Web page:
What is a toxic spore level? Best not to use absolute levels, as stock grazing pasture with spore counts as low as 40,000, or several weeks at 20,000, can sustain liver damage.  More important considerations are rate of spore count rise, prevailing weather conditions, and grazing intensity at the time.  Toxin effects on the liver are cumulative.  Play it safe – start prevention as soon as spores are detected.

How do I administer capsules? Click on the links for correct administration:

How soon after administration are capsules effective? How long do they last? Time capsules – within 24hrs. Protective zinc oxide levels are maintained for 4-5 weeks, depending on the stock class dosed. Face guard – within 2-3 days. The first treatment lasts 6 weeks, the top up dose 4 weeks.

How safe is it to continue zinc-dosing beyond 100 days? Often the risk of FE remains high until late into the autumn and outweighs the possible risk of temporary damage to the pancreas – so keep at it!  Consider discontinuing treatment for 5-7 days if a sharp cold snap occurs later in the autumn.

What are the withholding periods for stock treated with zinc? Recent reviews by the New Zealand Food Safety Authority (NZFSA) have removed meat and milk withholding periods on all zinc products.

My herd needs copper – can I continue to supplement with copper while I’m dosing with zinc for facial eczema control? Options are limited.  Inorganic copper forms (eg copper sulphate) compete for absorption, undermining both copper and zinc dosing efforts.  Injectable copper preparations have the potential to exaggerate the effects of FE toxin on the liver.  Organic copper forms remain effective because their mode of absorption is not antagonised by the presence of zinc compounds. Generally, it is best to consider copper supplementation after the zinc treatment has finished.

How can we help with managing facial eczema?

We provide tailored strategies for managing facial eczema risk. These include:

Pasture spore counting service

We are able to determine spore counts on your property, and follow this up with interpretation of the results and advice. 

Sampling Technique: Cut (with shears) a minimum of 60g of pasture (leaf and stalk) to a height of ONE cm above ground level from 8-10 representative sites across paddock. A bread bag should get you enough grass. Sample in grid pattern but avoid sampling in gateways, around water troughs and dung patches, along fence lines.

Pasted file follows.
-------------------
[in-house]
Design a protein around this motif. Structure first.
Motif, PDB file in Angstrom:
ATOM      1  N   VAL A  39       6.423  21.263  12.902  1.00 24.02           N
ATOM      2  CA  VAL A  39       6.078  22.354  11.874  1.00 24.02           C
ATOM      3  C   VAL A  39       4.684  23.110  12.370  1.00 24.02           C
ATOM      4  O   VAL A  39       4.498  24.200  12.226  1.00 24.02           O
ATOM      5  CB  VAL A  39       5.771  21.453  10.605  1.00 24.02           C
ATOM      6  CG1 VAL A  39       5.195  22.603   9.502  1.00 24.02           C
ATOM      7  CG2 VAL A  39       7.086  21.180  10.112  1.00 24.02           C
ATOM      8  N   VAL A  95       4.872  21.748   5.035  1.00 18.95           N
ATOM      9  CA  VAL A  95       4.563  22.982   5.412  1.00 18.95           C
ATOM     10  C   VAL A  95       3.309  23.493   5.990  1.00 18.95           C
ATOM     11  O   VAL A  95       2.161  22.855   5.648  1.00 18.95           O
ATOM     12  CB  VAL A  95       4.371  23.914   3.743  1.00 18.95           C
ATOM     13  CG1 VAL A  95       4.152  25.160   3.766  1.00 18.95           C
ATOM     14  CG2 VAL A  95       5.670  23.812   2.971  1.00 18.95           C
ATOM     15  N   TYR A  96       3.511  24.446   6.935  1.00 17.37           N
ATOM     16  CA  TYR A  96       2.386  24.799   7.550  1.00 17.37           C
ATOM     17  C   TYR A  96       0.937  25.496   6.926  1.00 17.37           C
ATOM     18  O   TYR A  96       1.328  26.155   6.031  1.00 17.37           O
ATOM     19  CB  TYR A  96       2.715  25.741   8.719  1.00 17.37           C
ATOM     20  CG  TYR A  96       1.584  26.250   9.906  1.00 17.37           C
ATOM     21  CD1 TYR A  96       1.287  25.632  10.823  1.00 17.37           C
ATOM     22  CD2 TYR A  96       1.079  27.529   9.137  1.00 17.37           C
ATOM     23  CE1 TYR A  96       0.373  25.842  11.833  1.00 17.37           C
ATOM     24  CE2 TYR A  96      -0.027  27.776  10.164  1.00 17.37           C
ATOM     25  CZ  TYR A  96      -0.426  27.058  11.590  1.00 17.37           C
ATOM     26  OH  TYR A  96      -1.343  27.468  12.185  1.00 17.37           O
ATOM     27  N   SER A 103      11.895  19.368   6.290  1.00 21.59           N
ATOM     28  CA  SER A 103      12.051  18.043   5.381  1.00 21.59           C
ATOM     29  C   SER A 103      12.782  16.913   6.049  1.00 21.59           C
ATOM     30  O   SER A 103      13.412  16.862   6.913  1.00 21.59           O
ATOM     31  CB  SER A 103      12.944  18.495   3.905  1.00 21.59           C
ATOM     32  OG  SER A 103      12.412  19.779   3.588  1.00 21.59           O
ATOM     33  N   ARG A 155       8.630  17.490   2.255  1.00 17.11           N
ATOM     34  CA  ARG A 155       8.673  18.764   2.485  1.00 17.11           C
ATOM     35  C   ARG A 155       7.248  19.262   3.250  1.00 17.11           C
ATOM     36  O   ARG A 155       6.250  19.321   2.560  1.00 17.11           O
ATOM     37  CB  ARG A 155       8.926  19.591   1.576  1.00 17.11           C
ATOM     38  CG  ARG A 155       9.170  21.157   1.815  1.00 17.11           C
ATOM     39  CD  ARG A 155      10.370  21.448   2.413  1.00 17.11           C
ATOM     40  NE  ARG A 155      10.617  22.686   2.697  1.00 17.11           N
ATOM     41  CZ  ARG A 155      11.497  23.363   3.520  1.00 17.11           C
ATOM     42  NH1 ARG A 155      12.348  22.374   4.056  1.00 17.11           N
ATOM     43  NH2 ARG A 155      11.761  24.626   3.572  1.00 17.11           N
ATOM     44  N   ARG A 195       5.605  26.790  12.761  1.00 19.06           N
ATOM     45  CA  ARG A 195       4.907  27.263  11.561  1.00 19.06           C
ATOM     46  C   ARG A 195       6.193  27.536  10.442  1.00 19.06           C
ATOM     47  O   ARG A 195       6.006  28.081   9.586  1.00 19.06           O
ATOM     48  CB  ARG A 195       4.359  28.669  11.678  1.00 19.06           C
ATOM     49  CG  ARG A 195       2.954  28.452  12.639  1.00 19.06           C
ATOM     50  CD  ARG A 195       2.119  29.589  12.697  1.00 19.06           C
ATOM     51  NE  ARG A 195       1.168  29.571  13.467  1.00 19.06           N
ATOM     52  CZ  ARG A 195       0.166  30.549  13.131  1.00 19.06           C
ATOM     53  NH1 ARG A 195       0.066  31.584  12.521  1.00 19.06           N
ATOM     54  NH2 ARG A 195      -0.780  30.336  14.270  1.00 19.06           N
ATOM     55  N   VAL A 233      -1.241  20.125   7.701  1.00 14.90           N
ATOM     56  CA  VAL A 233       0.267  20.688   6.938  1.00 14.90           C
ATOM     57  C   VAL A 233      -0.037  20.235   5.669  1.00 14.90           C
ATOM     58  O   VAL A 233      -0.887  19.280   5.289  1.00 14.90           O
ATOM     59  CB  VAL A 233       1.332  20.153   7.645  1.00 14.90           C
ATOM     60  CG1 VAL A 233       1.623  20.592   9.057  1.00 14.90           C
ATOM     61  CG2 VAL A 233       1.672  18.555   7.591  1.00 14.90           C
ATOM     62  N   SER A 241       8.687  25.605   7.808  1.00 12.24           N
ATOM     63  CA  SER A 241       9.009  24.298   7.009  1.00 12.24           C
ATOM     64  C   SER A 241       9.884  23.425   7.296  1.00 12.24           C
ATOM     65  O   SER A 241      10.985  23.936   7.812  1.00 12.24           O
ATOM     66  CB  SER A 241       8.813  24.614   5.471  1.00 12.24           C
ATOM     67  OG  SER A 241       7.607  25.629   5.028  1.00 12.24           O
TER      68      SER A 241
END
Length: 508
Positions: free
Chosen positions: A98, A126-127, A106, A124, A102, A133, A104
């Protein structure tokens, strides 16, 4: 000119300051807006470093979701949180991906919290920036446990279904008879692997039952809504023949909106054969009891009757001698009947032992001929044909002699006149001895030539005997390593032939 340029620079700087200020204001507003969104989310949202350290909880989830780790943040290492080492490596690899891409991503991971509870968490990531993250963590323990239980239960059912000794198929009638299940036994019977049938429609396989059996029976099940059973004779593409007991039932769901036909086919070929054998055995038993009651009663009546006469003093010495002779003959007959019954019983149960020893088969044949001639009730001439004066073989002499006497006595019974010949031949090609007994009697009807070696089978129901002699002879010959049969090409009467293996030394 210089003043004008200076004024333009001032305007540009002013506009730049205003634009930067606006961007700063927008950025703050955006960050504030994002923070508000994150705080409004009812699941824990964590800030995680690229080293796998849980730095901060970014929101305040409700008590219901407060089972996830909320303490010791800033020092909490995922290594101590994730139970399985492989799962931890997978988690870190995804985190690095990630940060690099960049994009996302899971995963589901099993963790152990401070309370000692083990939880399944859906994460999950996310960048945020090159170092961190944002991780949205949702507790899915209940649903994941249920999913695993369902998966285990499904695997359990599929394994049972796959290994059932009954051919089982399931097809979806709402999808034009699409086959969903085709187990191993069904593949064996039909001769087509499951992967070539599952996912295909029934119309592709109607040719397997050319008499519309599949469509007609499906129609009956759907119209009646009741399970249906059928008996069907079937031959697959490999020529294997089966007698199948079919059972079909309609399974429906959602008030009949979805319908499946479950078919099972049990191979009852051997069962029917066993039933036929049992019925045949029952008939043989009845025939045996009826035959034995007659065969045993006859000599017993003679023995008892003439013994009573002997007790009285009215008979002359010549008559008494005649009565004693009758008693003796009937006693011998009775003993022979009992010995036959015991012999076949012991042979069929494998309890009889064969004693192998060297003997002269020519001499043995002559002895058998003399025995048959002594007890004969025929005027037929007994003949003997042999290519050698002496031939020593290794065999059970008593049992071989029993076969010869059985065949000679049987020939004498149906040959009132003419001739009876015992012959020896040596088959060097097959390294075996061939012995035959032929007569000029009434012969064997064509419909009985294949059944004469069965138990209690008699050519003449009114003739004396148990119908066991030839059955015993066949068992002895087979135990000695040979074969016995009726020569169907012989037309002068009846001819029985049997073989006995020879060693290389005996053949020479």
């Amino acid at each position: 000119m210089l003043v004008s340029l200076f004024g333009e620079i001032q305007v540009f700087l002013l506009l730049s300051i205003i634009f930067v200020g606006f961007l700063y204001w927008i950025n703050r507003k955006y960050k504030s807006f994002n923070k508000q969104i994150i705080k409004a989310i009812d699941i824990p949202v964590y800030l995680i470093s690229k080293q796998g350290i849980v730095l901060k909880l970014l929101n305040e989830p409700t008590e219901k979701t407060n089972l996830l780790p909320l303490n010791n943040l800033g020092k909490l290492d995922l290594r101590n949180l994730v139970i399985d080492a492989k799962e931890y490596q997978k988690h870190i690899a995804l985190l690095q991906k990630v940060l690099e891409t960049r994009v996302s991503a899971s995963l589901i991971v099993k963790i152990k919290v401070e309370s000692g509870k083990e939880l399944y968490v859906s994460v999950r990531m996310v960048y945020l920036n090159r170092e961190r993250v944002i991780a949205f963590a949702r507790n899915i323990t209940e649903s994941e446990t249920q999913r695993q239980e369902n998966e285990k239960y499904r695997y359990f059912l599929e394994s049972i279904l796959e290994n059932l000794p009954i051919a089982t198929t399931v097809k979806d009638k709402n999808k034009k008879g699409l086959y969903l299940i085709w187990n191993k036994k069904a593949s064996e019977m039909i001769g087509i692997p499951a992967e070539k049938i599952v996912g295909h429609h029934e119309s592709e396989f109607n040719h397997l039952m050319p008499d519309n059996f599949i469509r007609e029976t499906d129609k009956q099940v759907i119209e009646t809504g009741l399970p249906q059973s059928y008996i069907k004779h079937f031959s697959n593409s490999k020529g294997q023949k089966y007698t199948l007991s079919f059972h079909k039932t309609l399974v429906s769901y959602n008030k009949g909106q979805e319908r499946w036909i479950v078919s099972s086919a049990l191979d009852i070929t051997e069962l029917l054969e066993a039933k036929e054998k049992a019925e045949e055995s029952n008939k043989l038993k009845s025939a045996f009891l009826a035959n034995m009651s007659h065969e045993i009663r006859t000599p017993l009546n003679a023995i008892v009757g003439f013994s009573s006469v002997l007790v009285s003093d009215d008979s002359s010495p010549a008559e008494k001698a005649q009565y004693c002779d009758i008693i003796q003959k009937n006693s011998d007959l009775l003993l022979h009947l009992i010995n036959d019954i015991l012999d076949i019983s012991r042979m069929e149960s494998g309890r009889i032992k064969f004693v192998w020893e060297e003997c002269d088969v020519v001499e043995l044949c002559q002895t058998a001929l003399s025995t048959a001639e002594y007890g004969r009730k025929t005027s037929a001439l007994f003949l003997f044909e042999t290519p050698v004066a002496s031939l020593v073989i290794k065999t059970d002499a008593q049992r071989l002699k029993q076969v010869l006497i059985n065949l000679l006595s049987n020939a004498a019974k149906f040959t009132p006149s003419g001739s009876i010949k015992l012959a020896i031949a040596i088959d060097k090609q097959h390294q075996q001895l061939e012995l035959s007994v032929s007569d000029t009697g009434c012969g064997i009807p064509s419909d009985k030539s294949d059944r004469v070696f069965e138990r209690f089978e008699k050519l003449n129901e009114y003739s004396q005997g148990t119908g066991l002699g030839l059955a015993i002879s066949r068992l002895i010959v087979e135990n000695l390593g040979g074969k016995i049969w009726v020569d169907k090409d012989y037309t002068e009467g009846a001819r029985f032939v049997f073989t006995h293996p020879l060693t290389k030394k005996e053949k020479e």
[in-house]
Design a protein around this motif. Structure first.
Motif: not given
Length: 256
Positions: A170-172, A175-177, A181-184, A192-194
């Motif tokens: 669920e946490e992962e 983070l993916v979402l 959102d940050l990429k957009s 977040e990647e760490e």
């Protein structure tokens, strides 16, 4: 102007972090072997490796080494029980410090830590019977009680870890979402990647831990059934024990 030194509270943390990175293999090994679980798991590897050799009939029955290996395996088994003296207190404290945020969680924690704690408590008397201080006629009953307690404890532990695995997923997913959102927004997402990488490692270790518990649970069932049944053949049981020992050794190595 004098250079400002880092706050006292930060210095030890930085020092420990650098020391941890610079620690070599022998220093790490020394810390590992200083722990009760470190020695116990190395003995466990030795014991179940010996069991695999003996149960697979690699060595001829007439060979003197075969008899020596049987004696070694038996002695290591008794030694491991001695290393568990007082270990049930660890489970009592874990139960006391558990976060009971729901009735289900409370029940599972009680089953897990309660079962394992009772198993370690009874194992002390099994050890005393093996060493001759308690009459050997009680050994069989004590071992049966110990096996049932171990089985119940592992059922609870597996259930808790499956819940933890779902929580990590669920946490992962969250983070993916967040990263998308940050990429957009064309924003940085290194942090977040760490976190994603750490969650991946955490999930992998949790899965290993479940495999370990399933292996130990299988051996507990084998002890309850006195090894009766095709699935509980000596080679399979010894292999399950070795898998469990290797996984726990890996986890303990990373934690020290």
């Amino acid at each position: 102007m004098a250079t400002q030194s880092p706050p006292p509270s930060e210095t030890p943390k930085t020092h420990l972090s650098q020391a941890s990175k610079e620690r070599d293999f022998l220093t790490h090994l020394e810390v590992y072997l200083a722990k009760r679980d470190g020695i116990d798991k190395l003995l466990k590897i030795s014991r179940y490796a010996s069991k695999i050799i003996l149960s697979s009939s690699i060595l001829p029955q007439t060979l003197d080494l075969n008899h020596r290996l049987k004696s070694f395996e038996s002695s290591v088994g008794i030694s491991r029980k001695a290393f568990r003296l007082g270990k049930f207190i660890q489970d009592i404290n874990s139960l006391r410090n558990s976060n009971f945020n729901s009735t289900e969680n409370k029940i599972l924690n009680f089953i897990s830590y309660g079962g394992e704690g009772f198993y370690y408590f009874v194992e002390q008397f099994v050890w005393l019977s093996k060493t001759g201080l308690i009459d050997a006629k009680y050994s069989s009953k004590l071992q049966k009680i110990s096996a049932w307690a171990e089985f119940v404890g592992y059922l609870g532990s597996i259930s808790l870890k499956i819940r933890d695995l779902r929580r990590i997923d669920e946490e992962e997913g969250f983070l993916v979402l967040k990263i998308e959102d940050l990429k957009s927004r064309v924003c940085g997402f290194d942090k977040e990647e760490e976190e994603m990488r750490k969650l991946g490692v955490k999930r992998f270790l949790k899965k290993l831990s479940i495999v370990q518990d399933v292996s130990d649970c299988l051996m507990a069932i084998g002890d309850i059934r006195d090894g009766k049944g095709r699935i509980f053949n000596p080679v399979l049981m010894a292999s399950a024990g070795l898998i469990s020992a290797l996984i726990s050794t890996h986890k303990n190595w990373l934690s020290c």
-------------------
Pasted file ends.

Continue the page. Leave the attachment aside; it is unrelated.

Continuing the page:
Paddock Selection: Preferably select paddocks that are the warmest (i.e. north/ north-east facing) and/or sheltered, especially on south/south east boundaries, ryegrass dominant, have a high litter load, (topped, hay aftermath, laxly grazed, summer stalky).
Sample a couple of paddocks if topography (e.g. hills, gullies) or management (e.g. irrigation) varies across farm.

Collect grass in the morning and bring us the sample the same day. If this is not possible then cut later in the day, keep the sample in the fridge overnight and get it to us the next morning.

Trace mineral monitoring: Prolonged zinc compound dosing can interfere with copper metabolism.  We recommend a pre-winter mineral status check, including liver biopsy and works liver surveillance. From these results, we provide a report and recommendations with ongoing copper treatment options.

Dose Rate Ready Reckoners: For ease of use, we supply pre-calculated dose rates for zinc requirements.

Quality products at competitive prices for effective control

Sound advice on ‘managing a facial eczema aftermath!’

Your plan should contain steps to:  

Predict danger periods and monitor trigger factors associated with development of toxic spores

  • regularly monitor spore counts
  • own property (use historical data also)
  • district counts and trends
  • national and regional spore counts
  • monitor relevant weather conditions
  • grass minimum temperatures
  • rainfall
  • predicted weather patterns
  • monitor pasture growth conditions
  • current pasture cover
  • current and predicted pasture growth rates
  • current pasture quality, in particular dead matter content


Identify and implement control measures early

  • to decrease the toxic effect of spores and/or
  • to reduce ingestion of spores by grazing stock


Don’t wait until dangerous climatic conditions arise or clinical signs of facial eczema are seen – it’s too late!  Please come into one of our branches to speak to us about your options.